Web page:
Dragon Quest XI S: Echoes of An Elusive Age – Definitive Edition Review — A Hero’s Journey
Expanding on its original release in every way, Dragon Quest XI S is one of the Nintendo Switch’s best RPGs and a great entry for newcomers.
When it comes to the types of games that I tend to play the most often, JRPGs are usually towards the lower end of the spectrum. This isn’t to say that I have anything against the genre, by any means: I’ve sunken way too many hours into Persona 3 and 4, and have steadily worked my way through the installments of Final Fantasy that I missed out on when I was a kid. Part of my usual aversion to JRPGs most of the time comes down to their length, especially as I’ve gotten older and have had less time to commit to most games, let alone one that could take me 100 hours to see through to the end.
But as much as I wouldn’t necessarily call myself “a JRPG fanatic,” the times that I have dabbled with the genre have only highlighted for me why so many other people are compelled to play them. There is a special quality to going on a grand adventure with a party of characters and enhancing their abilities over the course of dozens of hours in an epic, sprawling world. While now I would consider myself a bit more well-versed in the language of JRPGs, I owe a lot of my early experiences with the genre to the Dragon Quest series, which made getting the chance to jump into Dragon Quest XI S all the more enticing.
Since I first experienced the series through Dragon Quest VIII on PS2 (a game I still adore to this day), to me the Dragon Quest series has always been about tradition. Dragon Quest is a series bound to the classic elements of its genre, and Dragon Quest XI is certainly no exception: all the usual hallmarks and expectations of a traditional JRPG are here, from being “the chosen hero,” to embarking on an epic quest to save the world. But what Dragon Quest XI might lack in innovation, it makes up for in humor, warmth, and depth, making its epic journey stand out even more with its recent Switch release.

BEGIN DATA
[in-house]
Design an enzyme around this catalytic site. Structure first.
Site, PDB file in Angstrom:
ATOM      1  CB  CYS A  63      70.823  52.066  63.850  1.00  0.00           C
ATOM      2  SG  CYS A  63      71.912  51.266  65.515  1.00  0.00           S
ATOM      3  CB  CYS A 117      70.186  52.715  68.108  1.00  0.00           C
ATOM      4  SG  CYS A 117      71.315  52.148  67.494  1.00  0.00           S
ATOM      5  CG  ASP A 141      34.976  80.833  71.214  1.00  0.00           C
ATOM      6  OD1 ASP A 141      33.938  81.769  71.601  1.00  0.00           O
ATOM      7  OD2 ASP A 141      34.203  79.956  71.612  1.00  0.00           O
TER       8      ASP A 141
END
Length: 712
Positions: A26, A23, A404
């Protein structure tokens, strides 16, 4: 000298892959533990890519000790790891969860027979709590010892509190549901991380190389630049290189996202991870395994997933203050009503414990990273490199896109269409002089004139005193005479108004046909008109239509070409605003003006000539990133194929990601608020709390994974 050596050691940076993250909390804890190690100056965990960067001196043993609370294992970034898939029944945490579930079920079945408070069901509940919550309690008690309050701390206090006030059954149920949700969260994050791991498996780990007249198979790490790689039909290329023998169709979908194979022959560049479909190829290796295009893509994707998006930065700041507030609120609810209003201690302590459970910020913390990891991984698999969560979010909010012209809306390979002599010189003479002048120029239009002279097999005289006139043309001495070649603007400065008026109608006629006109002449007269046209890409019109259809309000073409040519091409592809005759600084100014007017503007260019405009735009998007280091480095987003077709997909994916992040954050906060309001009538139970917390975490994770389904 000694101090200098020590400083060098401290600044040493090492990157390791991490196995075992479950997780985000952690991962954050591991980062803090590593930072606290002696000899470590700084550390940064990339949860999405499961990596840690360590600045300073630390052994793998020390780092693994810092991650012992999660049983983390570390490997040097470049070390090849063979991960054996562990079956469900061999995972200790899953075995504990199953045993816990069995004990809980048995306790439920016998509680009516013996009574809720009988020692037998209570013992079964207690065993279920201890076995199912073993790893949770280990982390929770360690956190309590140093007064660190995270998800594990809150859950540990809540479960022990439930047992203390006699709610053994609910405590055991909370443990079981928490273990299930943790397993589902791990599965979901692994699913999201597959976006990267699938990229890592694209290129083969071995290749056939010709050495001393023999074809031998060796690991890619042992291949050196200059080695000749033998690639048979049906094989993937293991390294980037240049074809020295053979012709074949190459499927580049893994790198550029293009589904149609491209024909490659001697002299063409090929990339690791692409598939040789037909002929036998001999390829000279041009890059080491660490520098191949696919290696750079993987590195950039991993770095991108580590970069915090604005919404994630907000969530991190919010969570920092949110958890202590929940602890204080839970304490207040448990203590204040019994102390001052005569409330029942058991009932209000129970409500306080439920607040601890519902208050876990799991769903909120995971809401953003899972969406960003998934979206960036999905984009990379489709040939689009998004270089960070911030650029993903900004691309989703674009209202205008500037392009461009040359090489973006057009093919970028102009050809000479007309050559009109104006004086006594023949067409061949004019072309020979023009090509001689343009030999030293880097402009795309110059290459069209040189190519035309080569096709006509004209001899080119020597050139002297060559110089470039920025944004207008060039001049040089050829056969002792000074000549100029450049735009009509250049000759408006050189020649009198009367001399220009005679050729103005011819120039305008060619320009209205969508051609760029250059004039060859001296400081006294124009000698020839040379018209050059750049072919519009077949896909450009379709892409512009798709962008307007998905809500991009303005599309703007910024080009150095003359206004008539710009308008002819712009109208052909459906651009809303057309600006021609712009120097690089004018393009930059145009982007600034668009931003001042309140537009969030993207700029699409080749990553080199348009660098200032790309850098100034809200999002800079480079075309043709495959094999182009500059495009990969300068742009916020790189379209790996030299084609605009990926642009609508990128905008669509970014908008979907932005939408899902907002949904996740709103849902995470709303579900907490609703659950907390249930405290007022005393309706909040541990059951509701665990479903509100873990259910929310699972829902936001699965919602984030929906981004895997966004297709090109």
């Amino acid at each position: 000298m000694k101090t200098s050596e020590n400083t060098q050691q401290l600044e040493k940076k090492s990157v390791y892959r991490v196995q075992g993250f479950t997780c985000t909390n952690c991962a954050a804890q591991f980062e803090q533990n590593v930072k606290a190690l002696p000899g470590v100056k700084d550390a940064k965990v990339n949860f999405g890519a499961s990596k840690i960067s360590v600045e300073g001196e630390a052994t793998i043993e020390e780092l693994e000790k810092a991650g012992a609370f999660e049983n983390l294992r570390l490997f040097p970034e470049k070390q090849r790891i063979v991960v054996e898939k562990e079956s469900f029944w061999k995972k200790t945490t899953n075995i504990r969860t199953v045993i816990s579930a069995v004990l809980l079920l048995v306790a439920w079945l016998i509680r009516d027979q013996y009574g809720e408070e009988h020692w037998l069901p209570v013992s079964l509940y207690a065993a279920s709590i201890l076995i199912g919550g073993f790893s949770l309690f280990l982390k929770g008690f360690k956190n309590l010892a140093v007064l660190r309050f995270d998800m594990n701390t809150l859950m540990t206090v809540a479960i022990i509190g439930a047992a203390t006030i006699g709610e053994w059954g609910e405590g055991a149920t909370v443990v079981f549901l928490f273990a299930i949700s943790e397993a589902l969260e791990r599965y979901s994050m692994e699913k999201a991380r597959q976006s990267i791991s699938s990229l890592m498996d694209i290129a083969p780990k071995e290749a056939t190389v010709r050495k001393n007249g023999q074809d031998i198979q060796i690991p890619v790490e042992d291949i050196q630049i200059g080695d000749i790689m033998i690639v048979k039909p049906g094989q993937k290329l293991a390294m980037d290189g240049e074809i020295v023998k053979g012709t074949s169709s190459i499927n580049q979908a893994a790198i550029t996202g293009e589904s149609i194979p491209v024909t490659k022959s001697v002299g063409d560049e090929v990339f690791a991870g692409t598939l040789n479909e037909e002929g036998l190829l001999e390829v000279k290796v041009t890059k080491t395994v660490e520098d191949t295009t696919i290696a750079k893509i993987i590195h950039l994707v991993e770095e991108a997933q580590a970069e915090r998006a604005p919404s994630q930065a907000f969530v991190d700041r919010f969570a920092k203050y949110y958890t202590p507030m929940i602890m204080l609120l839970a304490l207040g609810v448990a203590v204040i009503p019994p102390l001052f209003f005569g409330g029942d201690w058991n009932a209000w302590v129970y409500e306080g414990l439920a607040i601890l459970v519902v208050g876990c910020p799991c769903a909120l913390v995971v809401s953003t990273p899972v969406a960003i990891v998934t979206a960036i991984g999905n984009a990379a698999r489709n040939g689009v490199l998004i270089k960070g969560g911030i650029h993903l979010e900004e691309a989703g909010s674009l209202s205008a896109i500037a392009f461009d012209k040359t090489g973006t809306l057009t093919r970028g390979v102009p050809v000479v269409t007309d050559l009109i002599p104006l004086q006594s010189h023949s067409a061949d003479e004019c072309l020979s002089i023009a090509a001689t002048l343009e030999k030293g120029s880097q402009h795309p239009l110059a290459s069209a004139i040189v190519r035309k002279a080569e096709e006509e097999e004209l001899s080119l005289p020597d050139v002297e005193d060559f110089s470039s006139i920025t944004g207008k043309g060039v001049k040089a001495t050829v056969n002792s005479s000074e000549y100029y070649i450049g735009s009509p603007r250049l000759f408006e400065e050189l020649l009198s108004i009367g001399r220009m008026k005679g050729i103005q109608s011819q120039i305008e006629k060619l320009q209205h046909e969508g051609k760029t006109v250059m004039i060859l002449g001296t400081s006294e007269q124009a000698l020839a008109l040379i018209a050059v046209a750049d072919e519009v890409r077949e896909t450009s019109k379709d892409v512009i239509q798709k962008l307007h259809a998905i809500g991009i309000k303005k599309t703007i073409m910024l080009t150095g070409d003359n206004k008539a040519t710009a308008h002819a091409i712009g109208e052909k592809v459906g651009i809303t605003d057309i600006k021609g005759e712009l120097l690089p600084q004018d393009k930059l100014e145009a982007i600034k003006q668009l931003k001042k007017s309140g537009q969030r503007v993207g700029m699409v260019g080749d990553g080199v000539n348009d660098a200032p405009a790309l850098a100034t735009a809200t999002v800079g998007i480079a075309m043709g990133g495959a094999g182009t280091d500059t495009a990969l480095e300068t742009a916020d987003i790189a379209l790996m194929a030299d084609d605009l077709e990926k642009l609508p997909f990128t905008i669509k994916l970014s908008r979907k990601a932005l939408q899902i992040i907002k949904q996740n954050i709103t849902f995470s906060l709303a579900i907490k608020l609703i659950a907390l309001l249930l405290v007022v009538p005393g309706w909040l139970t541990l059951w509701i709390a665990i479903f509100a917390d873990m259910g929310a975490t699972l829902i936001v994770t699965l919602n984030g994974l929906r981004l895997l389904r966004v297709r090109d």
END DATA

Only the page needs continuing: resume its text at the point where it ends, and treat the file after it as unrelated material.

Dragon Quest XI S: Echoes of An Elusive Age – Definitive Edition is a lengthy adventure worthy of its equally-lengthy name, but more importantly earns that “Definitive Edition” noted at the end. While Dragon Quest XI S brings what Western players first saw last year on PS4 and PC over to Nintendo Switch, it is a significantly heftier experience that enhances just about every aspect of the original game, and also offers Switch players one of this generation’s best RPG experiences in a whole new way.
As we noted in our original review of Dragon Quest XI when it released last year, every element of DQXI exudes a deep appreciation and reverence for traditional JRPG gameplay, and Dragon Quest XI S only further exemplifies that. From its turn-based combat, to its colorful and vibrant world, to its eclectic blend of monsters to fight (including the iconic slimes), Dragon Quest XI S is everything that a JRPG lover could ask for, and offers even more than that with numerous quality-of-life-improvements, new features, and additional content to separate it from the original release, especially for those that might have played it on PS4 or PC.
I fall into that camp from having played a good portion of Dragon Quest XI last year on PC, before (inevitably) falling off the game as new releases came around on the horizon. While I wanted to go back to DQXI at some point, having the opportunity to jump into the Switch version of the game seemed like the right call to make, and the new features and content added to the Definitive Edition more than justifies the additional year-long wait for it.